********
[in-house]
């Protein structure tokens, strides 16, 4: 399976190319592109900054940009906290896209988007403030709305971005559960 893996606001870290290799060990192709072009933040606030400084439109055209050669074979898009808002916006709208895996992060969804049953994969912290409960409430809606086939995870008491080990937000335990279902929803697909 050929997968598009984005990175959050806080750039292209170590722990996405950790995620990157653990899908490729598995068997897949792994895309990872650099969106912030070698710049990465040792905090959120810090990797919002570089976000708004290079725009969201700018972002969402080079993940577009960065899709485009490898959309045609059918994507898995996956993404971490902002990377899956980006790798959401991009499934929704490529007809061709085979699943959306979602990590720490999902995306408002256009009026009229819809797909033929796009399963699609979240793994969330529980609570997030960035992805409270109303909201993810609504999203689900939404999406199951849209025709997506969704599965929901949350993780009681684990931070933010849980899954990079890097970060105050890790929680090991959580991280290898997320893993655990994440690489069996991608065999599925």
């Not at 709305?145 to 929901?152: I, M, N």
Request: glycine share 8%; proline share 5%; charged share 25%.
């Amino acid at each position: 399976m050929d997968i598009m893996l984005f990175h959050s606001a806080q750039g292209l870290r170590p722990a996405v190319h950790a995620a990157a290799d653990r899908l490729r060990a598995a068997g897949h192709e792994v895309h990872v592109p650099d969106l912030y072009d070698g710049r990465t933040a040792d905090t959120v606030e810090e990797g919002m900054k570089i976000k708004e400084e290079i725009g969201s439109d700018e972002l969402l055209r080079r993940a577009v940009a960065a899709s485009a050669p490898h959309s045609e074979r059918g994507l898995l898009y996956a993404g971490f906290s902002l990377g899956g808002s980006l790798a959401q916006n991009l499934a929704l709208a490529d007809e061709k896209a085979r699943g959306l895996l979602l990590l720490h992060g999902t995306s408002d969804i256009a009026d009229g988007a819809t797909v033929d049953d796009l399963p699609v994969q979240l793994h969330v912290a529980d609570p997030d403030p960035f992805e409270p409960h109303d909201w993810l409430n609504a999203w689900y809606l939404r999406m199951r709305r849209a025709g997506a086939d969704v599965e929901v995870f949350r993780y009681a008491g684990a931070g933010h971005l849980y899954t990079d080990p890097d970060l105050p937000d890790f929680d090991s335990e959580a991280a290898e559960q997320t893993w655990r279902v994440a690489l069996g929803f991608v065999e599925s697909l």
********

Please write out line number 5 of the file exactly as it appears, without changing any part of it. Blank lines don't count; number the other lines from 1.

């Amino acid at each position: 399976m050929d997968i598009m893996l984005f990175h959050s606001a806080q750039g292209l870290r170590p722990a996405v190319h950790a995620a990157a290799d653990r899908l490729r060990a598995a068997g897949h192709e792994v895309h990872v592109p650099d969106l912030y072009d070698g710049r990465t933040a040792d905090t959120v606030e810090e990797g919002m900054k570089i976000k708004e400084e290079i725009g969201s439109d700018e972002l969402l055209r080079r993940a577009v940009a960065a899709s485009a050669p490898h959309s045609e074979r059918g994507l898995l898009y996956a993404g971490f906290s902002l990377g899956g808002s980006l790798a959401q916006n991009l499934a929704l709208a490529d007809e061709k896209a085979r699943g959306l895996l979602l990590l720490h992060g999902t995306s408002d969804i256009a009026d009229g988007a819809t797909v033929d049953d796009l399963p699609v994969q979240l793994h969330v912290a529980d609570p997030d403030p960035f992805e409270p409960h109303d909201w993810l409430n609504a999203w689900y809606l939404r999406m199951r709305r849209a025709g997506a086939d969704v599965e929901v995870f949350r993780y009681a008491g684990a931070g933010h971005l849980y899954t990079d080990p890097d970060l105050p937000d890790f929680d090991s335990e959580a991280a290898e559960q997320t893993w655990r279902v994440a690489l069996g929803f991608v065999e599925s697909l």